This is an important distinction to understand: in a difficult economy, demand for silver from industry and jewelry will likely DECREASE, causing silver prices to fall.


With gold, on the other hand, a monetary crisis, trade dispute, war, etc. would likely cause gold prices to increase.


But don’t write off silver just yet.


The Gold/Silver ratio right now is around 1:84… that’s 84 ounces of silver per ounce of gold, close to an all-time high.


Over the past decade it’s been as low as 32 and as high as 93. So it stands to reason that a correction may be in order.


There is, of course, no fixed requirement that the gold/silver ratio maintain a certain level. It could go to 100… or even 1,000. Or go back to 1:15.


But just as I’ve been arguing for the last 12+ months that gold prices should be heading higher (and they’re more than 30% higher since I started writing this), silver could also move quite a bit higher.


First– while investor demand isn’t the primary driver, it would be foolish to dismiss this factor.


Investor demand is currently low. According to data from the US Mint, the average number of one-ounce Silver Eagle coins sold over the last three years is HALF as much as the average sales from the previous eight years.


Bottom line, investors aren’t as interested in silver as they used to be. And that’s usually a good time to start thinking about buying an asset.


Simultaneously, central banks around the world keep slashing rates and printing money.


Even in the United States, which is supposed to have a ‘tremendous’ economy, the central bank has turned once again to Quantitative Easing, and recently announced that they would print more than $60 billion per month to buy US government bonds.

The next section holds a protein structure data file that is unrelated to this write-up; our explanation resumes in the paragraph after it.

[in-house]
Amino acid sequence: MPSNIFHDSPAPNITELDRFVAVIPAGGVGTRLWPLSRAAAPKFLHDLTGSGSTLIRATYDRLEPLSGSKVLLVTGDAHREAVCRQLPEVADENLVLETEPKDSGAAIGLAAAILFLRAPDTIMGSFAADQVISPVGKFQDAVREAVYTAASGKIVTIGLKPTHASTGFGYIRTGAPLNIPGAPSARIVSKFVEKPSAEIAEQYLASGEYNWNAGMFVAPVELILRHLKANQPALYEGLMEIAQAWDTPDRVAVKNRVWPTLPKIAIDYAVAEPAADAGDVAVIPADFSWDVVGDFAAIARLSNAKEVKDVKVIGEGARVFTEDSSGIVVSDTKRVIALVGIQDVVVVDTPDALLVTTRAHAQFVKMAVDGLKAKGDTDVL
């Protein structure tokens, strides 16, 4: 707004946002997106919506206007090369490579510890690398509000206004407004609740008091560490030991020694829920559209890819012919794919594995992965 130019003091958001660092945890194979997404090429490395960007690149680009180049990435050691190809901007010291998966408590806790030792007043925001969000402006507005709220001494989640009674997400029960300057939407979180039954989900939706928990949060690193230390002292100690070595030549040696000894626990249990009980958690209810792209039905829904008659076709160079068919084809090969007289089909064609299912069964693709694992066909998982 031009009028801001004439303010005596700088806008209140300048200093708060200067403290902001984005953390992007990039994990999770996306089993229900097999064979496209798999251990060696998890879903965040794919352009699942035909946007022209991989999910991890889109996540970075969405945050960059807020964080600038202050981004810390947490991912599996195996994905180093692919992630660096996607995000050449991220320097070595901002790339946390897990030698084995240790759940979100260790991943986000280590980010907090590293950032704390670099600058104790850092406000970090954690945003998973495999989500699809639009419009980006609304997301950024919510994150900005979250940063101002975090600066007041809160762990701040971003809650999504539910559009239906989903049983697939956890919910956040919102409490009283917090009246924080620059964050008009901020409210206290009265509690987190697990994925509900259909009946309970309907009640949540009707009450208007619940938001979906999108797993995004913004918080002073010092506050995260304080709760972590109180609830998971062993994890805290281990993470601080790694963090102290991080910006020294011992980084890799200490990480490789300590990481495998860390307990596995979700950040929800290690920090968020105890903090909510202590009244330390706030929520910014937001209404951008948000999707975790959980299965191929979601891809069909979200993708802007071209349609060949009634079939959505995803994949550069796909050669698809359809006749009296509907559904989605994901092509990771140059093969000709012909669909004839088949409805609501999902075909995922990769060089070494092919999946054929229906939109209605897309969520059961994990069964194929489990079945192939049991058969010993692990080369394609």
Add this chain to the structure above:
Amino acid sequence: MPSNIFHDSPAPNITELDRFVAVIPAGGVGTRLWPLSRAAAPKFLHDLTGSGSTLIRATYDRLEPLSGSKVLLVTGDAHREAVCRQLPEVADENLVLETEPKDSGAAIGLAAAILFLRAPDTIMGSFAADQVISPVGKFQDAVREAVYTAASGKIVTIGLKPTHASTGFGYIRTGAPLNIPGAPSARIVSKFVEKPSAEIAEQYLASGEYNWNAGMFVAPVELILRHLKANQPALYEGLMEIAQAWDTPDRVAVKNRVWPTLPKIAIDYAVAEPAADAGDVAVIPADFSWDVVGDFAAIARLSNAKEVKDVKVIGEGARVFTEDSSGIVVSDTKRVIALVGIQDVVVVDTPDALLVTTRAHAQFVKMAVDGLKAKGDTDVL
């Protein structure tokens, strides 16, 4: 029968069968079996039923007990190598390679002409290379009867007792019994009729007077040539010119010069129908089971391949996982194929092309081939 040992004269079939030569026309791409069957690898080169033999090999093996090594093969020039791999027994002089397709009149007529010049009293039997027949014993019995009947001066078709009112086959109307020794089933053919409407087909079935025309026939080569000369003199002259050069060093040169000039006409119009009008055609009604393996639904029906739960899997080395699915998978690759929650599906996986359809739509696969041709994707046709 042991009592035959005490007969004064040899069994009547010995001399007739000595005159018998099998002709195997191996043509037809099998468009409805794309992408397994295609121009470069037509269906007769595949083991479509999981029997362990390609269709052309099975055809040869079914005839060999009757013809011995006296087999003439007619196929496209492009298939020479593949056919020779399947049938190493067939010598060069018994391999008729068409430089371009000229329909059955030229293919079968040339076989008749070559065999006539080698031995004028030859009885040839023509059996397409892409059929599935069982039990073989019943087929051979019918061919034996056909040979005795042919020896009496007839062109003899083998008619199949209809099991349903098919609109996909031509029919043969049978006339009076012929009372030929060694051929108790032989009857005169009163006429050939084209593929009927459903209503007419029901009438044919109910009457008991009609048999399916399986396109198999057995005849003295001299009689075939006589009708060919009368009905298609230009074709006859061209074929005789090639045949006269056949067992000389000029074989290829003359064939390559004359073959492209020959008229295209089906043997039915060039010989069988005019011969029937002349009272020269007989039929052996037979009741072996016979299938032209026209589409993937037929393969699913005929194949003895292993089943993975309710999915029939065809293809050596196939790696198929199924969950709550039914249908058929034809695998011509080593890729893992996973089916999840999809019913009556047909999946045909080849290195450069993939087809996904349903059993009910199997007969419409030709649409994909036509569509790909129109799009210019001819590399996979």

Another key fact in this analysis is that silver production is falling.


Most of the gold that is mined ends up sitting in a vault somewhere, or in someone’s jewelry drawer. So as mining companies pull more gold out of the ground each year, that supply increases.


But with silver, most of the silver mined this year will be used up in industrial production. So the companies that make fancy tableware or dentists’ drills will need new supplies of silver next year in order to manufacture more product.


If those companies are growing, they’ll need even more silver… so, as long as the global economy generally keeps growing, industrial silver demand should keep growing.


But silver production is actually falling… so silver prices should increase as a result.


And because central banks are simultaneously printing tons of money, prices could increase even more due to renewed investor interest.


Like I said, silver is pretty much dead right now. US Mint sales figures show there’s very little investor demand. That makes now a great time to start thinking about silver– BEFORE it becomes popular again.


And to continue learning how to ensure you thrive no matter what happens next in the world , I encourage you to download our free Perfect Plan B Guide.